The end of summer doesn’t just bring on the start of autumn and the school year. It’s also the start of ragweed allergy season. How do you know if your child has allergies and how should they be treated if they do? Hunter Hoover, MD, of Charlotte Eye Ear Nose & Throat Associates, P.A. joins us this month to discuss this season’s allergies.
What allergies are associated with the fall months?
What symptoms would a child have?
The classic symptoms are itchy, watery eyes, an itchy runny nose, and sneezing. They can also end up developing nasal congestion.
How do you know if a child has allergies or is sick?
Initially it’s hard because they both have runny or stopped-up noses. One clue is colds make you sick. You have a fever, a sore throat, and a cough. While allergies can make you sluggish, you won’t have a fever, a cough, etc. Also, a cold should get better after a week or so, while with allergies your child will go 3 or 4 weeks without improvement. Finally, you get allergies the same time every year. One symptom you’ll only get with allergies is itchy, watery eyes. Colds and sinus infections don’t cause itching.
Are over-the-counter medicines good for a child?
Nasal steroid sprays such as Flonase, Nasacort, and Rhinocort are the best medicines for allergies. Anthistamines like Claritin are good for a runny nose and eyes but aren’t good for a stopped-up nose. They don’t help as many symptoms as sprays.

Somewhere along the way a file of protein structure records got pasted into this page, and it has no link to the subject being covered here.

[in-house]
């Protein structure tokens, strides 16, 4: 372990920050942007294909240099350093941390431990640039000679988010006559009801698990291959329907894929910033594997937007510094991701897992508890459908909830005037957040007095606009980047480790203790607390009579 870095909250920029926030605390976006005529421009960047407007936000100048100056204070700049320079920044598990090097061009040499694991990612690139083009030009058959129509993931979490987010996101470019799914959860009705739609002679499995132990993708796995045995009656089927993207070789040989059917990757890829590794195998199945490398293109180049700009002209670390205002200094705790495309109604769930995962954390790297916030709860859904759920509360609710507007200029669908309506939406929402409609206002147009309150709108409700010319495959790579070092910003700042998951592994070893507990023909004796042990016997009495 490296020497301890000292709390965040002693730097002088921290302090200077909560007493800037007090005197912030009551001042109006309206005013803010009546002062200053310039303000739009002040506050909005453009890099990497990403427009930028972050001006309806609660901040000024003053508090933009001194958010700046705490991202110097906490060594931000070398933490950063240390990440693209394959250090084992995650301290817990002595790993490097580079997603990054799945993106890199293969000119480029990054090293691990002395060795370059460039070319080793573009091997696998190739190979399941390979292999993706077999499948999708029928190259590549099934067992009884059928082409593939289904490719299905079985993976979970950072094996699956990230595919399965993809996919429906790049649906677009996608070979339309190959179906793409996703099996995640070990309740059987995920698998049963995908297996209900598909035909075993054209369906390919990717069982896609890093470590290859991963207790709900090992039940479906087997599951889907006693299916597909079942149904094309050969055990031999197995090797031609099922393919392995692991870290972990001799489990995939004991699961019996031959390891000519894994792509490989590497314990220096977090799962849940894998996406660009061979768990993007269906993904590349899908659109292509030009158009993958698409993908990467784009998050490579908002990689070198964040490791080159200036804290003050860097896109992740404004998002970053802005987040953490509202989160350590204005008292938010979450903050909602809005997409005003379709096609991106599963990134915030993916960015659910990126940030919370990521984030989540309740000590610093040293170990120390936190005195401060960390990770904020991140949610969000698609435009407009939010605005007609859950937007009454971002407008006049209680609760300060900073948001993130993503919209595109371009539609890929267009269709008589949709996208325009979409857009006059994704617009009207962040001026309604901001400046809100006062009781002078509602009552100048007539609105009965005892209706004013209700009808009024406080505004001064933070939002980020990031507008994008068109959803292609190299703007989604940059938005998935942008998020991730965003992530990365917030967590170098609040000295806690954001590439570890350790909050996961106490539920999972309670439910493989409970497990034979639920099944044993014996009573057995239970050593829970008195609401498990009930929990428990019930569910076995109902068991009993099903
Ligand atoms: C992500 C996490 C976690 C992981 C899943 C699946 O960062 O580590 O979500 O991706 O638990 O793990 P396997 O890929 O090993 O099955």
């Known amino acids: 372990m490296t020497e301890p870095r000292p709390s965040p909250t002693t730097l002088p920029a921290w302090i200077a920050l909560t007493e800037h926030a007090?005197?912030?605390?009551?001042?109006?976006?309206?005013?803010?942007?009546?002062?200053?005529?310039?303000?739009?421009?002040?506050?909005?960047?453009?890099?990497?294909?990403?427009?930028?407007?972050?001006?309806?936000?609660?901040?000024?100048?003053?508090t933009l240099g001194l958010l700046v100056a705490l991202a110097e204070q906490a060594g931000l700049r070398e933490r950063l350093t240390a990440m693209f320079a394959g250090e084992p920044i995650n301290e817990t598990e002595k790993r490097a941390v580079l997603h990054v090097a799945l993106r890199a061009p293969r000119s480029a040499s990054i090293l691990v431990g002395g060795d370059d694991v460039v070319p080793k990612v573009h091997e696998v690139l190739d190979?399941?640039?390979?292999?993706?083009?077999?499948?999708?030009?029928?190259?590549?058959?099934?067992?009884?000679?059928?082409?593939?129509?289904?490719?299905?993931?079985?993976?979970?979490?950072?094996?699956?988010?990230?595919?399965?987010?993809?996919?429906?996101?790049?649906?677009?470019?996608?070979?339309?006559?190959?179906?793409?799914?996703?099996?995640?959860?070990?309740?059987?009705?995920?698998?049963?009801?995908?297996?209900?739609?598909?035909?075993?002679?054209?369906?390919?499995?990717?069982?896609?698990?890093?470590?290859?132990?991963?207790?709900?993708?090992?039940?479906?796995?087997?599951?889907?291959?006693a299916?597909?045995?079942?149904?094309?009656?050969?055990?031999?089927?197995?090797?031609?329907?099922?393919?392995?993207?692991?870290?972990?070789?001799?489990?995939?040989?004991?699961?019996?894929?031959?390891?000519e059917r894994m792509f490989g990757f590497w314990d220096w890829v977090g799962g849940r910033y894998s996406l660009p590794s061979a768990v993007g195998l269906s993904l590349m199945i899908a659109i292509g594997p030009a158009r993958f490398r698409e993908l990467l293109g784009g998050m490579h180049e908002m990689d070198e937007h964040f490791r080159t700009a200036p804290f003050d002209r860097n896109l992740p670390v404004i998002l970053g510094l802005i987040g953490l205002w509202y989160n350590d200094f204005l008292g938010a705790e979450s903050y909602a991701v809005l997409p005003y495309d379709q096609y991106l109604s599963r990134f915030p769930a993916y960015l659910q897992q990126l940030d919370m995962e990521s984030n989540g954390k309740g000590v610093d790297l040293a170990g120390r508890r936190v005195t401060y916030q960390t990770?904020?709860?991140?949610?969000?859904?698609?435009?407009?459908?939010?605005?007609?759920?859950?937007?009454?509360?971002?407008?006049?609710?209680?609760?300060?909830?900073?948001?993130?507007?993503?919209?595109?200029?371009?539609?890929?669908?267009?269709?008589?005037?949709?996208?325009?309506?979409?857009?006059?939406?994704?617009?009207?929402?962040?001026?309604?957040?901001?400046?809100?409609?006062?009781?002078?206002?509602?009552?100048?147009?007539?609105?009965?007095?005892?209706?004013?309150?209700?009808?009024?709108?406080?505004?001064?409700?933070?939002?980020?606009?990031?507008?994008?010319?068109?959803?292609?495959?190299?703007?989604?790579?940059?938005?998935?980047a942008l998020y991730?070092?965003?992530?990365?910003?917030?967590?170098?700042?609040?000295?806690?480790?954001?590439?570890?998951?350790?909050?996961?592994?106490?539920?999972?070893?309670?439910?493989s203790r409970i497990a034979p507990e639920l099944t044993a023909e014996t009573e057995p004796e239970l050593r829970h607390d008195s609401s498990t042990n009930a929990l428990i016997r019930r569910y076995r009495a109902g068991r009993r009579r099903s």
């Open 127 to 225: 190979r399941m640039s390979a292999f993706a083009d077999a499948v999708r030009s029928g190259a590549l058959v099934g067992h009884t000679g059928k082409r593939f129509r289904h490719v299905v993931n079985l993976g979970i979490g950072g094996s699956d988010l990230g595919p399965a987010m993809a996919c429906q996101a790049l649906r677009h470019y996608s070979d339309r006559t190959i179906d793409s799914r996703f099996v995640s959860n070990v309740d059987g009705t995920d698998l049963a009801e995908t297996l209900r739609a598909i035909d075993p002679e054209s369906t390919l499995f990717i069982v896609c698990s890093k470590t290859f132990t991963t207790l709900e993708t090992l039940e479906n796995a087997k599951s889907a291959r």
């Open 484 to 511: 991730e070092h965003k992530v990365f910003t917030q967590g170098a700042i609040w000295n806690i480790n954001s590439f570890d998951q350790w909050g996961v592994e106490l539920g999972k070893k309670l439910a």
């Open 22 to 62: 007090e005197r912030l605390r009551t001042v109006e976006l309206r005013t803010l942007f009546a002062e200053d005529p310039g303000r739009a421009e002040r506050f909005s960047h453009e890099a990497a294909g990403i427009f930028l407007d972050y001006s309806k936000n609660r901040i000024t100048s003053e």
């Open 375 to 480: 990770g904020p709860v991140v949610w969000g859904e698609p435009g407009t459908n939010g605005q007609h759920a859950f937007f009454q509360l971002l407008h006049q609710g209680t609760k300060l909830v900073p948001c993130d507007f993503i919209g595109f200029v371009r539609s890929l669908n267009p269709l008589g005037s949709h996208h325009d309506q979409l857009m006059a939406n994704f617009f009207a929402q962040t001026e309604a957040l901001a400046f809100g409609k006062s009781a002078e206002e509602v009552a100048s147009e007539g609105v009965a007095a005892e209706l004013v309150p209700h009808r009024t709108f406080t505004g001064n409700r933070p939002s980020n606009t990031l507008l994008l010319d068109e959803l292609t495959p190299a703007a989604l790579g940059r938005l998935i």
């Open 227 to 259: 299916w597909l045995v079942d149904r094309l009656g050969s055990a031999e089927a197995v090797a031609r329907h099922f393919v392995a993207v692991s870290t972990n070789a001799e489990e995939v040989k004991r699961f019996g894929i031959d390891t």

If your child has fall allergies, they should start taking a nasal spray every fall at the beginning of the school year and continue until the first frost.
Nasal sprays are safe and they’re not addictive, but they two downsides: one, they have to be used every day and they have to be taken for a few days before you start to see signs of improvement. Two, kids don’t like using them. Rhinocort has no scent and the spray is low-volume, so kids might prefer it over others. If they have mild symptoms, using something like Allegra or Zyrtec sporadically is fine.
When should you take your child to an allergist?
You should take them when you’re uncertain if your child has allergies or if sprays don’t work. Allergists can perform tests, known as “scratch tests,” to see what your child may be allergic to.
Are children able to take allergy shots/drops/tablets if their allergies are severe?
Tablets for ragweed allergies are available. Unfortunately, you have to take them three months before the season starts, so it’s too late for them now. Allergy shots are also available if necessary.
Will children ever outgrow allergies?
No, most people whose allergies start in childhood will see them continue into adulthood.
Dr. Hoover is a comprehensive otolaryngologist who attended the University of North Carolina for his undergraduate and medical degrees. His internship was at Eastern Virginia Medical School and his residency was at the Medical University of South Carolina. He practices in our SouthPark office.